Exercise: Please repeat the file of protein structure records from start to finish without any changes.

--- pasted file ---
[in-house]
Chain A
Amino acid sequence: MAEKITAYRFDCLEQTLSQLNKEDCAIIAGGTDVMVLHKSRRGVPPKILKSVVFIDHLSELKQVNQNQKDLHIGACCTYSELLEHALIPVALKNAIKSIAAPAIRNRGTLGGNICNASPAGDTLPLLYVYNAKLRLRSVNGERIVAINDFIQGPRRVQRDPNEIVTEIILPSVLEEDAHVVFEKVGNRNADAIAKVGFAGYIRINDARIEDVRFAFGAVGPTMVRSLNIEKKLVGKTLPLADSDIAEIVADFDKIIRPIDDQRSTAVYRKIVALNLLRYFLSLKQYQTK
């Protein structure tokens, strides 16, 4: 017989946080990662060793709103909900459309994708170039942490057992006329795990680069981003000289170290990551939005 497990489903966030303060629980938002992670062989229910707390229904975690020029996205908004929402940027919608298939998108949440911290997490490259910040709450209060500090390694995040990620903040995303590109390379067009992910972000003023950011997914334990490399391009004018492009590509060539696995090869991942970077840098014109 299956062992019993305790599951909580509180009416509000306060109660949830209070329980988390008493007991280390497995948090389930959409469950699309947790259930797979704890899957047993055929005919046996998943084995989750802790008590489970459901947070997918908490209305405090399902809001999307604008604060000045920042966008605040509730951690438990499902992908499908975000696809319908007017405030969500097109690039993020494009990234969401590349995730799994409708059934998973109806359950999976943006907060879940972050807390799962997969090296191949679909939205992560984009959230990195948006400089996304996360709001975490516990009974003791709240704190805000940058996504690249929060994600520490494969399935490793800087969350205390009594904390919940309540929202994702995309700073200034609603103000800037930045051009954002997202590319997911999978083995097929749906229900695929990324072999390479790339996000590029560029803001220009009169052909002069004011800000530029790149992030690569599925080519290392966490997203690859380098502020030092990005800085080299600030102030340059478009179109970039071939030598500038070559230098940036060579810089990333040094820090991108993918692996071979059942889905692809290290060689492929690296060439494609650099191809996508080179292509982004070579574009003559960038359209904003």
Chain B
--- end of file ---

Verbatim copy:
[in-house]
Chain A
Amino acid sequence: MAEKITAYRFDCLEQTLSQLNKEDCAIIAGGTDVMVLHKSRRGVPPKILKSVVFIDHLSELKQVNQNQKDLHIGACCTYSELLEHALIPVALKNAIKSIAAPAIRNRGTLGGNICNASPAGDTLPLLYVYNAKLRLRSVNGERIVAINDFIQGPRRVQRDPNEIVTEIILPSVLEEDAHVVFEKVGNRNADAIAKVGFAGYIRINDARIEDVRFAFGAVGPTMVRSLNIEKKLVGKTLPLADSDIAEIVADFDKIIRPIDDQRSTAVYRKIVALNLLRYFLSLKQYQTK
């Protein structure tokens, strides 16, 4: 017989946080990662060793709103909900459309994708170039942490057992006329795990680069981003000289170290990551939005 497990489903966030303060629980938002992670062989229910707390229904975690020029996205908004929402940027919608298939998108949440911290997490490259910040709450209060500090390694995040990620903040995303590109390379067009992910972000003023950011997914334990490399391009004018492009590509060539696995090869991942970077840098014109 299956062992019993305790599951909580509180009416509000306060109660949830209070329980988390008493007991280390497995948090389930959409469950699309947790259930797979704890899957047993055929005919046996998943084995989750802790008590489970459901947070997918908490209305405090399902809001999307604008604060000045920042966008605040509730951690438990499902992908499908975000696809319908007017405030969500097109690039993020494009990234969401590349995730799994409708059934998973109806359950999976943006907060879940972050807390799962997969090296191949679909939205992560984009959230990195948006400089996304996360709001975490516990009974003791709240704190805000940058996504690249929060994600520490494969399935490793800087969350205390009594904390919940309540929202994702995309700073200034609603103000800037930045051009954002997202590319997911999978083995097929749906229900695929990324072999390479790339996000590029560029803001220009009169052909002069004011800000530029790149992030690569599925080519290392966490997203690859380098502020030092990005800085080299600030102030340059478009179109970039071939030598500038070559230098940036060579810089990333040094820090991108993918692996071979059942889905692809290290060689492929690296060439494609650099191809996508080179292509982004070579574009003559960038359209904003």
Chain B